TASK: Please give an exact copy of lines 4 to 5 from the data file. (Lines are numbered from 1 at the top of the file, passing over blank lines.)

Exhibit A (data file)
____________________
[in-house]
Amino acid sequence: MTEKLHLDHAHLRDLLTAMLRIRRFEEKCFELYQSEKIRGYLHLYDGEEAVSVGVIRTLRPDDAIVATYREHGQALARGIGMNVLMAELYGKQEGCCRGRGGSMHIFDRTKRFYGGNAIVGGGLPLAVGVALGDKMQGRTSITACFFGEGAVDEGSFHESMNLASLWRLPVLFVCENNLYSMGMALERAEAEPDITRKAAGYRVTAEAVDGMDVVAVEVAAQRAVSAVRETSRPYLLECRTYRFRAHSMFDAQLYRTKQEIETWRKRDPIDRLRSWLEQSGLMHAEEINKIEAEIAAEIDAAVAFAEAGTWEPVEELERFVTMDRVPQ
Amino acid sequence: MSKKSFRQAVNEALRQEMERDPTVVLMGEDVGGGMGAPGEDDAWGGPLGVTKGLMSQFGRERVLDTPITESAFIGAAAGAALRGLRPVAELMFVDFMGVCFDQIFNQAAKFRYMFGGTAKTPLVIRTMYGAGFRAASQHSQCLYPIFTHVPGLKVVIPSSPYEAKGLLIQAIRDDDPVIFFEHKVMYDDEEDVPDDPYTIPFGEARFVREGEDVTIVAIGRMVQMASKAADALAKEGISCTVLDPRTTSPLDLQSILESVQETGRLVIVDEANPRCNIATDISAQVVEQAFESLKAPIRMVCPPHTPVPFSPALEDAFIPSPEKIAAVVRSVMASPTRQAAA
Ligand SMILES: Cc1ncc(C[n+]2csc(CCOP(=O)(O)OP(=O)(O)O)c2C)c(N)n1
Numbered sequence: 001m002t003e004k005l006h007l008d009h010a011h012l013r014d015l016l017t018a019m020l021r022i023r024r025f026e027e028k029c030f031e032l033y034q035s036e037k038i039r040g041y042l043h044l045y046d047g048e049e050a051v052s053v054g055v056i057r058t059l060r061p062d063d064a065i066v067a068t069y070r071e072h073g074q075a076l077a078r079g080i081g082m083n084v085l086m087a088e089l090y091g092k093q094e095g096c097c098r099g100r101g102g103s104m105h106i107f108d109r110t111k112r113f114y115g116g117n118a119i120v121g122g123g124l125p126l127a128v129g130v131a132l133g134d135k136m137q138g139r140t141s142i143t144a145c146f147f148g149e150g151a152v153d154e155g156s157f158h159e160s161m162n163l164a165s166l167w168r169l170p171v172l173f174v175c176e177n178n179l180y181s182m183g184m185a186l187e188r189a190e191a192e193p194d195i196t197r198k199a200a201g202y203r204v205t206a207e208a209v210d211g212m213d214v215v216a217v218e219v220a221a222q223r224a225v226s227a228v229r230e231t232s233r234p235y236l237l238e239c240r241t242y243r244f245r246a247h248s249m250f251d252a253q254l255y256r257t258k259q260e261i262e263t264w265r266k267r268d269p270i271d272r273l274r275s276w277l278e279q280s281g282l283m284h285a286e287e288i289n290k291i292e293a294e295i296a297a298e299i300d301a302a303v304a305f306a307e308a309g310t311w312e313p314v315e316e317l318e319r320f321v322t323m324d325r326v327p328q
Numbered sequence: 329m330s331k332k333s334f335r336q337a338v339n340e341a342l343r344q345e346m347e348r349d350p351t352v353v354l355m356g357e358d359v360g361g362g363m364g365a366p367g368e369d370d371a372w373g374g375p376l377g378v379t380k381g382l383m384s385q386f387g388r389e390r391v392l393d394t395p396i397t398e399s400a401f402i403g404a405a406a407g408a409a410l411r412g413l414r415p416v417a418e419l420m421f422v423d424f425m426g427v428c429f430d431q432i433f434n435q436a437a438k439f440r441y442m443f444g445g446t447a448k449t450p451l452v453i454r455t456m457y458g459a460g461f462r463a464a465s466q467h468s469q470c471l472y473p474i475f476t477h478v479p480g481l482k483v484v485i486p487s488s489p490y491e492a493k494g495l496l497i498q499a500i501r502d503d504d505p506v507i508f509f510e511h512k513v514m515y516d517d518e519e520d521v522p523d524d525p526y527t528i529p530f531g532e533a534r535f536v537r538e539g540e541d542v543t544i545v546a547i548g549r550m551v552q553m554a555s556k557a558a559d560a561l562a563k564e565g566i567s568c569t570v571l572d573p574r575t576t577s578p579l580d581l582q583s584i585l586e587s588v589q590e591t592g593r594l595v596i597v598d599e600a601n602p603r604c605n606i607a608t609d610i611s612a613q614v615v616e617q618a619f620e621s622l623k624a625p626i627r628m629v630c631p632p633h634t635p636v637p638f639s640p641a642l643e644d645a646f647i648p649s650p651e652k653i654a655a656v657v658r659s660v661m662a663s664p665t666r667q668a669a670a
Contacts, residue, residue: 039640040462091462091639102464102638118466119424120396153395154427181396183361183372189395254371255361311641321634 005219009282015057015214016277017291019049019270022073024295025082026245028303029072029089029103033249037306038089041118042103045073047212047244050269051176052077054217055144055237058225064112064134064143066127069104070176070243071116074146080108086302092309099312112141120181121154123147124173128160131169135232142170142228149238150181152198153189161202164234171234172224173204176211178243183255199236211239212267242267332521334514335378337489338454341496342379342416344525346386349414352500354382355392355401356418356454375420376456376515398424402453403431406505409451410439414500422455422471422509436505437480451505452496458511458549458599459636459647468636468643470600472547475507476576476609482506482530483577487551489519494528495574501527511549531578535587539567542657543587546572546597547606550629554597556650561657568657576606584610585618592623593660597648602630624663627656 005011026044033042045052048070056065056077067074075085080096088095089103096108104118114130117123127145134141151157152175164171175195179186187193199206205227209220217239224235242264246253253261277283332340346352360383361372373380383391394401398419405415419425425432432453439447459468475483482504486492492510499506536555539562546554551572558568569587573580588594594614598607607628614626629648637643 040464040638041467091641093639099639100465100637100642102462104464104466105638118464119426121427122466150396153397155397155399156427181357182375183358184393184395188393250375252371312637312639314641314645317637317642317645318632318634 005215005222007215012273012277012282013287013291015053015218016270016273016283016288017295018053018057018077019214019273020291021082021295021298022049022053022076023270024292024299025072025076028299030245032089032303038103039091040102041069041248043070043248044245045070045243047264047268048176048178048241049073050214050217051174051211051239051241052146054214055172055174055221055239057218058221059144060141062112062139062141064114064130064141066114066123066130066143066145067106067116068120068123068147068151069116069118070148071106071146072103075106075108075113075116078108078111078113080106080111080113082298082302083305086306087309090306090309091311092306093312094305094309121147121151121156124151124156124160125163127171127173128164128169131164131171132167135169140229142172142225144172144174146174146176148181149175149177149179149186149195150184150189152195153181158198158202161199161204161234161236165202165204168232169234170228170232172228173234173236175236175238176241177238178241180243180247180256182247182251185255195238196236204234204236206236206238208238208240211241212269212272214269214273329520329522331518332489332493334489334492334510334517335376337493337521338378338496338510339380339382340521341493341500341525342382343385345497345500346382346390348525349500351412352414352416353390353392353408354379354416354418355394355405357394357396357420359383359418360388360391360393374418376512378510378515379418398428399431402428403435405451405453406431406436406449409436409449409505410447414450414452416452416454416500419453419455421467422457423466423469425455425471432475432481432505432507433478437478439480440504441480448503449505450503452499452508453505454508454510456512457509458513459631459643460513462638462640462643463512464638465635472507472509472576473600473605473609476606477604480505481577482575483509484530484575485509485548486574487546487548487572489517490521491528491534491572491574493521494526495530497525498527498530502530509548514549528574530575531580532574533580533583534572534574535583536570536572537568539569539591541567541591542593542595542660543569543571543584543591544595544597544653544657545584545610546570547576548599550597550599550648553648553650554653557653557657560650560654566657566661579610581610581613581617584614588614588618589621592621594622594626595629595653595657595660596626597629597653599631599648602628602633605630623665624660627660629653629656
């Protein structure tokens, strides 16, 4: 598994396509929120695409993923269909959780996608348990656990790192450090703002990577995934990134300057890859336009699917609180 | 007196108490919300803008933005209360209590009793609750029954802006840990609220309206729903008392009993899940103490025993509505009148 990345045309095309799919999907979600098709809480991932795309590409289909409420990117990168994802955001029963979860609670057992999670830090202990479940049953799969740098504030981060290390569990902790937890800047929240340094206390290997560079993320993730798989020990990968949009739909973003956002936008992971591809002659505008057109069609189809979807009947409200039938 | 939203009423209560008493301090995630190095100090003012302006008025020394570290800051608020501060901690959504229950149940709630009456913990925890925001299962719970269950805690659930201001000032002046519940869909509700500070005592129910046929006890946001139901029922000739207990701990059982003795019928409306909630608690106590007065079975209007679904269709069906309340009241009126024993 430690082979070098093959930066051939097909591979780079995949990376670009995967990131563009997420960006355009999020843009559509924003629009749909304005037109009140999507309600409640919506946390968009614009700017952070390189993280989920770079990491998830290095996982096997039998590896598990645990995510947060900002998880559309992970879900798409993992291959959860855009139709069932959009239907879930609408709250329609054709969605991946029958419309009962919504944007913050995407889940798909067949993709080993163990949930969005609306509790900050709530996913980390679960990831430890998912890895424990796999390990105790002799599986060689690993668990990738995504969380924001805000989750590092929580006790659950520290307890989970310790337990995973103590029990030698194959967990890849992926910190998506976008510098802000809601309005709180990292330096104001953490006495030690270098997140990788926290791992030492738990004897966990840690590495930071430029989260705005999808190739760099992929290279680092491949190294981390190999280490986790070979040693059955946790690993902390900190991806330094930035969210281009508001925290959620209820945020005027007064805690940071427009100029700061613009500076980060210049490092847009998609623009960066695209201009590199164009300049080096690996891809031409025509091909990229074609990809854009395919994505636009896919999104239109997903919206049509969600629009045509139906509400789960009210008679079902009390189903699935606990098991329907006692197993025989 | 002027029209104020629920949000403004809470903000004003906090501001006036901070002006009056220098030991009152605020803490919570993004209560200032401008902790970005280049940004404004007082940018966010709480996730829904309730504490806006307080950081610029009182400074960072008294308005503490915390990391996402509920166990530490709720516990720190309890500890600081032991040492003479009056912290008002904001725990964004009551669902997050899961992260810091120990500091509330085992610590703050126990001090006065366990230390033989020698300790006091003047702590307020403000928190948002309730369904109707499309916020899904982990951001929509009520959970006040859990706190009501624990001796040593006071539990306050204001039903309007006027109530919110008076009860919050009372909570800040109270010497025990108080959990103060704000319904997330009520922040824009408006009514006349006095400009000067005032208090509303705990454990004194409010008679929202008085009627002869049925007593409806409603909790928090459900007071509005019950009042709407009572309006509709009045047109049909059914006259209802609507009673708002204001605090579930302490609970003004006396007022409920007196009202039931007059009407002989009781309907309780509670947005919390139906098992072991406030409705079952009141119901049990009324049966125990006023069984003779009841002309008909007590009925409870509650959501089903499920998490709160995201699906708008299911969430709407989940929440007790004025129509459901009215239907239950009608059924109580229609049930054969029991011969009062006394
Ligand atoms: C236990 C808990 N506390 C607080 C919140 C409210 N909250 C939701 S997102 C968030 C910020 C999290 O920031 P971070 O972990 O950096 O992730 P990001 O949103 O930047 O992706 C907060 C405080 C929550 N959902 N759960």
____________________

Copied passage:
Ligand SMILES: Cc1ncc(C[n+]2csc(CCOP(=O)(O)OP(=O)(O)O)c2C)c(N)n1
Numbered sequence: 001m002t003e004k005l006h007l008d009h010a011h012l013r014d015l016l017t018a019m020l021r022i023r024r025f026e027e028k029c030f031e032l033y034q035s036e037k038i039r040g041y042l043h044l045y046d047g048e049e050a051v052s053v054g055v056i057r058t059l060r061p062d063d064a065i066v067a068t069y070r071e072h073g074q075a076l077a078r079g080i081g082m083n084v085l086m087a088e089l090y091g092k093q094e095g096c097c098r099g100r101g102g103s104m105h106i107f108d109r110t111k112r113f114y115g116g117n118a119i120v121g122g123g124l125p126l127a128v129g130v131a132l133g134d135k136m137q138g139r140t141s142i143t144a145c146f147f148g149e150g151a152v153d154e155g156s157f158h159e160s161m162n163l164a165s166l167w168r169l170p171v172l173f174v175c176e177n178n179l180y181s182m183g184m185a186l187e188r189a190e191a192e193p194d195i196t197r198k199a200a201g202y203r204v205t206a207e208a209v210d211g212m213d214v215v216a217v218e219v220a221a222q223r224a225v226s227a228v229r230e231t232s233r234p235y236l237l238e239c240r241t242y243r244f245r246a247h248s249m250f251d252a253q254l255y256r257t258k259q260e261i262e263t264w265r266k267r268d269p270i271d272r273l274r275s276w277l278e279q280s281g282l283m284h285a286e287e288i289n290k291i292e293a294e295i296a297a298e299i300d301a302a303v304a305f306a307e308a309g310t311w312e313p314v315e316e317l318e319r320f321v322t323m324d325r326v327p328q